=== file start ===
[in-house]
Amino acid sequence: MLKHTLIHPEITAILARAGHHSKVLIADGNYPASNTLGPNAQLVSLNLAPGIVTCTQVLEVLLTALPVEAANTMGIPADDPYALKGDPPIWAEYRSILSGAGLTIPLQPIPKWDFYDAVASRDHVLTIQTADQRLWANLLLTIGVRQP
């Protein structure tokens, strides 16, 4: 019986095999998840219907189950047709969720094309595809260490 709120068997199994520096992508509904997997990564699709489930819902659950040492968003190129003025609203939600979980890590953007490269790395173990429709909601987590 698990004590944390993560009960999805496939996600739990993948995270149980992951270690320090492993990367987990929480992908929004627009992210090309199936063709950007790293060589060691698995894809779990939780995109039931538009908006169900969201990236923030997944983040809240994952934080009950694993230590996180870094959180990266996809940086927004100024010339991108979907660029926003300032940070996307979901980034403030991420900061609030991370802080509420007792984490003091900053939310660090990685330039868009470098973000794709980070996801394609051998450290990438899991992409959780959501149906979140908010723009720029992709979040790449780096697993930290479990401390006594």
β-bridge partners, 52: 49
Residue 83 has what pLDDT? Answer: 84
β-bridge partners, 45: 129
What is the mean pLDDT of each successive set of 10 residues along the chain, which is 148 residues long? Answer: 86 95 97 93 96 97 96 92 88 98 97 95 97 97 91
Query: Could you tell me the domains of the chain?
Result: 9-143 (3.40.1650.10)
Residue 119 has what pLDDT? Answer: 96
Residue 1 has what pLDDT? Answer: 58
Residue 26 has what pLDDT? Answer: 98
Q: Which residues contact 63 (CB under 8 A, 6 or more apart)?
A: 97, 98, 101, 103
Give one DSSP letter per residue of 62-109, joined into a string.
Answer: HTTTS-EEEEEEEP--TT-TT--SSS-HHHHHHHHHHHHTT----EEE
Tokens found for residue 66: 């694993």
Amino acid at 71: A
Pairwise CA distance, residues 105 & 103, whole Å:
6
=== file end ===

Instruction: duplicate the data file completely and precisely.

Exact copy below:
[in-house]
Amino acid sequence: MLKHTLIHPEITAILARAGHHSKVLIADGNYPASNTLGPNAQLVSLNLAPGIVTCTQVLEVLLTALPVEAANTMGIPADDPYALKGDPPIWAEYRSILSGAGLTIPLQPIPKWDFYDAVASRDHVLTIQTADQRLWANLLLTIGVRQP
């Protein structure tokens, strides 16, 4: 019986095999998840219907189950047709969720094309595809260490 709120068997199994520096992508509904997997990564699709489930819902659950040492968003190129003025609203939600979980890590953007490269790395173990429709909601987590 698990004590944390993560009960999805496939996600739990993948995270149980992951270690320090492993990367987990929480992908929004627009992210090309199936063709950007790293060589060691698995894809779990939780995109039931538009908006169900969201990236923030997944983040809240994952934080009950694993230590996180870094959180990266996809940086927004100024010339991108979907660029926003300032940070996307979901980034403030991420900061609030991370802080509420007792984490003091900053939310660090990685330039868009470098973000794709980070996801394609051998450290990438899991992409959780959501149906979140908010723009720029992709979040790449780096697993930290479990401390006594």
β-bridge partners, 52: 49
Residue 83 has what pLDDT? Answer: 84
β-bridge partners, 45: 129
What is the mean pLDDT of each successive set of 10 residues along the chain, which is 148 residues long? Answer: 86 95 97 93 96 97 96 92 88 98 97 95 97 97 91
Query: Could you tell me the domains of the chain?
Result: 9-143 (3.40.1650.10)
Residue 119 has what pLDDT? Answer: 96
Residue 1 has what pLDDT? Answer: 58
Residue 26 has what pLDDT? Answer: 98
Q: Which residues contact 63 (CB under 8 A, 6 or more apart)?
A: 97, 98, 101, 103
Give one DSSP letter per residue of 62-109, joined into a string.
Answer: HTTTS-EEEEEEEP--TT-TT--SSS-HHHHHHHHHHHHTT----EEE
Tokens found for residue 66: 């694993």
Amino acid at 71: A
Pairwise CA distance, residues 105 & 103, whole Å:
6